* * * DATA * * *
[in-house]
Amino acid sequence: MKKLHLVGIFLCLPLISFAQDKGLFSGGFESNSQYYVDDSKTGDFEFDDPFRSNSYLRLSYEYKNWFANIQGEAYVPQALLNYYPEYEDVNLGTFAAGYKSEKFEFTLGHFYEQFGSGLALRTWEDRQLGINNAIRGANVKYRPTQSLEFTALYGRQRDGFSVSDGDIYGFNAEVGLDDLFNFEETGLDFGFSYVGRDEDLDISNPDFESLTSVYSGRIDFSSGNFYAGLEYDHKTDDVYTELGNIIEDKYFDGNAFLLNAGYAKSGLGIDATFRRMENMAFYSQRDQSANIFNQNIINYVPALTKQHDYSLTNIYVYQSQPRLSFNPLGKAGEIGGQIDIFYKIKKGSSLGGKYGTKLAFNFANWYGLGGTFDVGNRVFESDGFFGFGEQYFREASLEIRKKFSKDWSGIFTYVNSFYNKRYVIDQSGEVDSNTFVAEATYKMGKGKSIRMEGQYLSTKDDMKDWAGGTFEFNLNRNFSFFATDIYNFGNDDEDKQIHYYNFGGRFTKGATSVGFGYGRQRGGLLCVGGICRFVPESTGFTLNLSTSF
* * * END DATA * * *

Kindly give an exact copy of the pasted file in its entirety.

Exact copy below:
[in-house]
Amino acid sequence: MKKLHLVGIFLCLPLISFAQDKGLFSGGFESNSQYYVDDSKTGDFEFDDPFRSNSYLRLSYEYKNWFANIQGEAYVPQALLNYYPEYEDVNLGTFAAGYKSEKFEFTLGHFYEQFGSGLALRTWEDRQLGINNAIRGANVKYRPTQSLEFTALYGRQRDGFSVSDGDIYGFNAEVGLDDLFNFEETGLDFGFSYVGRDEDLDISNPDFESLTSVYSGRIDFSSGNFYAGLEYDHKTDDVYTELGNIIEDKYFDGNAFLLNAGYAKSGLGIDATFRRMENMAFYSQRDQSANIFNQNIINYVPALTKQHDYSLTNIYVYQSQPRLSFNPLGKAGEIGGQIDIFYKIKKGSSLGGKYGTKLAFNFANWYGLGGTFDVGNRVFESDGFFGFGEQYFREASLEIRKKFSKDWSGIFTYVNSFYNKRYVIDQSGEVDSNTFVAEATYKMGKGKSIRMEGQYLSTKDDMKDWAGGTFEFNLNRNFSFFATDIYNFGNDDEDKQIHYYNFGGRFTKGATSVGFGYGRQRGGLLCVGGICRFVPESTGFTLNLSTSF